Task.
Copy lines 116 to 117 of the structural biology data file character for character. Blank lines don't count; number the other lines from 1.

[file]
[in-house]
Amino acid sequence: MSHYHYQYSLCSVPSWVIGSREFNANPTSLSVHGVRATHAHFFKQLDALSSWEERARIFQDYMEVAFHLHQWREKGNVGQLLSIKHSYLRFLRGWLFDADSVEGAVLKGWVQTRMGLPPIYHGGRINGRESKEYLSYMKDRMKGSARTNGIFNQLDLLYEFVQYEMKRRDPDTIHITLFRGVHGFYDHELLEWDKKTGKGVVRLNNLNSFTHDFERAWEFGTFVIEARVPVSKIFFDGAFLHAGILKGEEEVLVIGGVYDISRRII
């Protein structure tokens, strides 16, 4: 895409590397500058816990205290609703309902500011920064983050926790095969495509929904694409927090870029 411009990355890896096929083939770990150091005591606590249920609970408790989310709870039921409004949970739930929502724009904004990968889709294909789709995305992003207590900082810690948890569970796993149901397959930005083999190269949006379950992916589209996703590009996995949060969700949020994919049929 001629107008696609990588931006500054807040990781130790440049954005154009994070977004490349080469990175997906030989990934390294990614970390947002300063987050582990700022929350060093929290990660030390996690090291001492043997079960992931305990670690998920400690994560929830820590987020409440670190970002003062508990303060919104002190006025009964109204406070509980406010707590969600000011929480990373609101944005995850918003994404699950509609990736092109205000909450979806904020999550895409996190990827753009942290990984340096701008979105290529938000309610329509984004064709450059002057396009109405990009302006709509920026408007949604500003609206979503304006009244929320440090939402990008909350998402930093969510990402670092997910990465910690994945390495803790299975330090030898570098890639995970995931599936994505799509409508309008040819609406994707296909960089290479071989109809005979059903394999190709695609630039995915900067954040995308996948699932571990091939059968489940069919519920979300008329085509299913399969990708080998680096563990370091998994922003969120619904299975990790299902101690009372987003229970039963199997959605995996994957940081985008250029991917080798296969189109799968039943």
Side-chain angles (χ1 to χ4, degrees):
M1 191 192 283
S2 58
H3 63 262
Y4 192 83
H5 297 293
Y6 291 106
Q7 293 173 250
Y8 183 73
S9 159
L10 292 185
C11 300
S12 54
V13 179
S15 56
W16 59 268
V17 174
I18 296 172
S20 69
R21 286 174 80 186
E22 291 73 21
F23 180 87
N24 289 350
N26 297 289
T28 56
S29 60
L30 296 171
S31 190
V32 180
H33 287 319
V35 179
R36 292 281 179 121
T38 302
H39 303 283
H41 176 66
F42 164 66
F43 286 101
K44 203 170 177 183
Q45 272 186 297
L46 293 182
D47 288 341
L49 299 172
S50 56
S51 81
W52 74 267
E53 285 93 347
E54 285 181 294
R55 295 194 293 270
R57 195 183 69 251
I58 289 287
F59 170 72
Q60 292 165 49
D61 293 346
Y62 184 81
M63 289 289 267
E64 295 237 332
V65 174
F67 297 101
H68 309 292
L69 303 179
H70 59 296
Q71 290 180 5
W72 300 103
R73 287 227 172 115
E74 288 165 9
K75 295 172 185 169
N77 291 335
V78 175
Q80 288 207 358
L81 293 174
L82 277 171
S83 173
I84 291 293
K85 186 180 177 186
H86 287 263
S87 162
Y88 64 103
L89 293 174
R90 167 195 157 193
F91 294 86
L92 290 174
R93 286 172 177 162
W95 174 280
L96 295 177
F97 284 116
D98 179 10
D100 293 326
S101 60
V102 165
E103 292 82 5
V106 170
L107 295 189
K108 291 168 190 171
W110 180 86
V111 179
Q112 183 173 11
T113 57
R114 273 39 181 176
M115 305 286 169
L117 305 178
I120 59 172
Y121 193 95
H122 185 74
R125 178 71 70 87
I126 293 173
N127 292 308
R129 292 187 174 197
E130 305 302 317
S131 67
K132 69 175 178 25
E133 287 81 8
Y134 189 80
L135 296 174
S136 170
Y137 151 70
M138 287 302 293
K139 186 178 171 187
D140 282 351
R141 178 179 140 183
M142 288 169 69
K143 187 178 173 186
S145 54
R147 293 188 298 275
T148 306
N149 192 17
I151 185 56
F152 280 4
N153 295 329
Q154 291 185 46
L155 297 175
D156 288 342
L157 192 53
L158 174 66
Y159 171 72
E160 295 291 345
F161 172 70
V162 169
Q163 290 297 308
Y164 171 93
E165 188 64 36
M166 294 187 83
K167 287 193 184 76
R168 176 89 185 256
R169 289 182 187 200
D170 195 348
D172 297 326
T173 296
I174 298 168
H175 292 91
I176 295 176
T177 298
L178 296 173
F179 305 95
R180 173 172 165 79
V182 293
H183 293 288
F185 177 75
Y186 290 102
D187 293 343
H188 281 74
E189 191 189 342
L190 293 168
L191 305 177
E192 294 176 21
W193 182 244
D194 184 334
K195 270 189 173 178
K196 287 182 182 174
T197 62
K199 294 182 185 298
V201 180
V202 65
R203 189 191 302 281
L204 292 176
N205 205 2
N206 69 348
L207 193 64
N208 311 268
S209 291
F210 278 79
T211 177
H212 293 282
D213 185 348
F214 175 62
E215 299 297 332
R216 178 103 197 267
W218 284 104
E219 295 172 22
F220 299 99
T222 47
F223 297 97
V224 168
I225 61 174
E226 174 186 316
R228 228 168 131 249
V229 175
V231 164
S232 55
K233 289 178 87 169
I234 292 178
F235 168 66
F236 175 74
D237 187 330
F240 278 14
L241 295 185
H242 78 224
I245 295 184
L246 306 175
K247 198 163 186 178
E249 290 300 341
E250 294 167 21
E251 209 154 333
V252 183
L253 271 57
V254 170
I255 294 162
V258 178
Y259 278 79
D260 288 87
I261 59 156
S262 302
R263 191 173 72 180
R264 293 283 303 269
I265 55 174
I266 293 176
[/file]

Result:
L135 296 174
S136 170